We're exercising the right to self-govern our fisheries: Sipekne’katik chief
HALIFAX - The leader of a Cape Breton First Nation says his community is planning a self-regulated lobster fishery similar to the one on the province's southwestern shore that has sparked fierce opposition from non-Indigenous harvesters.
Chief Terry Paul, who is seeking re-election as leader of Membertou, says in an online video posted Monday that his band is preparing to launch a moderate livelihood fishery.
He doesn't provide a specific date but says it will be soon.
In southwestern Nova Scotia, additional RCMP were recently deployed to respond to the at-times violent dispute that began last month when the Sipekne'katik First Nation launched a small-scale commercial fishery outside of the federally designated season.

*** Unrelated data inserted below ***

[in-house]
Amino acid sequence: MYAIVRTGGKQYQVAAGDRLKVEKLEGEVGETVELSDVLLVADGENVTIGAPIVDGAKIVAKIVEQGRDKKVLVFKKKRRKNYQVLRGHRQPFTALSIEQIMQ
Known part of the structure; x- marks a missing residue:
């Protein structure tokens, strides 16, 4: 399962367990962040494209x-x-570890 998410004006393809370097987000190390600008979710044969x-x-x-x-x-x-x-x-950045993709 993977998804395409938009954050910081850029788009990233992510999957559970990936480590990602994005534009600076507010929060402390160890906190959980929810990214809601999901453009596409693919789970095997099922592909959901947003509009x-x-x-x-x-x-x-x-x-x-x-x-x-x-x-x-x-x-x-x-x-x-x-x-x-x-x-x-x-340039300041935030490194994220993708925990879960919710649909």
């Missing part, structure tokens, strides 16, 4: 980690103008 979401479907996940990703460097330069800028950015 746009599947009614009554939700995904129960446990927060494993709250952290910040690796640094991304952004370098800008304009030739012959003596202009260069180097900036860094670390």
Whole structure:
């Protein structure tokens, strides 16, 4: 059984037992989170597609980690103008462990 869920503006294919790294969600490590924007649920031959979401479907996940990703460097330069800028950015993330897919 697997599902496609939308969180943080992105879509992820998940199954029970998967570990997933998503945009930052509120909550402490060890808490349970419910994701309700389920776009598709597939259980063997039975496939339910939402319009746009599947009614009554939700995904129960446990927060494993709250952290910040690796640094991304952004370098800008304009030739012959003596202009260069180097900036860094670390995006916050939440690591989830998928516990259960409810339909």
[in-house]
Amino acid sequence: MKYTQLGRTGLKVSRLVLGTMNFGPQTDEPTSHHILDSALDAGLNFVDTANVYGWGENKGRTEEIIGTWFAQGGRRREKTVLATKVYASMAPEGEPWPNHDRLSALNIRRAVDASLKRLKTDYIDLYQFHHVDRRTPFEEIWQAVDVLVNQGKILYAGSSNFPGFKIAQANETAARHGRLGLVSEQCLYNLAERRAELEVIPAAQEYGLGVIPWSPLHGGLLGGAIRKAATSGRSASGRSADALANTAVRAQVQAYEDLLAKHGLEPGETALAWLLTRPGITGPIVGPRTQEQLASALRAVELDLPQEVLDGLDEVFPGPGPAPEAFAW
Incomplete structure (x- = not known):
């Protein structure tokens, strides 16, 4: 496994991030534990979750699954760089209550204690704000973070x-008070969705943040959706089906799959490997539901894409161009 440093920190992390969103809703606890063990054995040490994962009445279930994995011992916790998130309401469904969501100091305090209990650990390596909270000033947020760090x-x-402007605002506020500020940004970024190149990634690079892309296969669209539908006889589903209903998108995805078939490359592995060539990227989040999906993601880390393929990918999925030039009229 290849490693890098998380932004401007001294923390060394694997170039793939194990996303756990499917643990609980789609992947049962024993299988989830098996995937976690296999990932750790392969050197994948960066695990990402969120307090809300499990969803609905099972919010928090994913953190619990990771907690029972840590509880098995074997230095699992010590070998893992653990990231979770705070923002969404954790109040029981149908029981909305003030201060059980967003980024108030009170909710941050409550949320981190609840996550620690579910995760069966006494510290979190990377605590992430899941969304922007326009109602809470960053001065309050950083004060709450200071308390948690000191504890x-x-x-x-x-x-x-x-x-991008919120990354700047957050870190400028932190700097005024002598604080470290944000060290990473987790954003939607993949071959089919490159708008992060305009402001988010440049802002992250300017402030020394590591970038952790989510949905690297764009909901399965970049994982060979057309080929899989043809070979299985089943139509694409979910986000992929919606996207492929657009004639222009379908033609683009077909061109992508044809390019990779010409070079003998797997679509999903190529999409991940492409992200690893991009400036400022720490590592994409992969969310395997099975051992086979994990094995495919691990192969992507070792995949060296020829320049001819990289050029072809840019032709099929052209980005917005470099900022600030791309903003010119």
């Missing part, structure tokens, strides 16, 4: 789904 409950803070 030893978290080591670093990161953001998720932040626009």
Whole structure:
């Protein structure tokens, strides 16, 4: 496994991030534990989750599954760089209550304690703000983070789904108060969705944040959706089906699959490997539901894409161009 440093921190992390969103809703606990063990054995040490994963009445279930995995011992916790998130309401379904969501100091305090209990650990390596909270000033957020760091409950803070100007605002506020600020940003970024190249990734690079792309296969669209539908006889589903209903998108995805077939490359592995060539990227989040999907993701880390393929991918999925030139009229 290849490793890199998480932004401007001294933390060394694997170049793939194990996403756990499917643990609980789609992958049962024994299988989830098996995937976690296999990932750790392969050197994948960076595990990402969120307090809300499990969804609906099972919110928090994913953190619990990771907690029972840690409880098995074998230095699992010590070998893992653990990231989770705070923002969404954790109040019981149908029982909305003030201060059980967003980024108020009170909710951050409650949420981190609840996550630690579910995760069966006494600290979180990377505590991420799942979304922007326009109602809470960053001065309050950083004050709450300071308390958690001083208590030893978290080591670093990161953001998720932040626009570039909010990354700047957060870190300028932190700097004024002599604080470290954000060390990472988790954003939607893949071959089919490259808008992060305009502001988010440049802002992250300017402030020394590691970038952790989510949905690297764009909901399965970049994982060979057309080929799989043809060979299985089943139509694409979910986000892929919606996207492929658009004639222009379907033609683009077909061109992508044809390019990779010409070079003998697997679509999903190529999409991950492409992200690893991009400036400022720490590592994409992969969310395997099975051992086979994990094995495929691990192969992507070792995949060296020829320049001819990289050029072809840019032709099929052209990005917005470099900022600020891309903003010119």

The Indigenous fishers have had traps removed from the water, a fishing boat and a van have been burned, and on Saturday, fire destroyed a lobster pound that stored the catch of Mi'kmaq fishers.
Some non-Indigenous fishers in Nova Scotia have staged protests to highlight the fact that even though the Supreme Court of Canada affirmed the treaty right to fish for a moderate livelihood in 1999, the court also said the Fisheries Department retains the right to regulate for conservation purposes.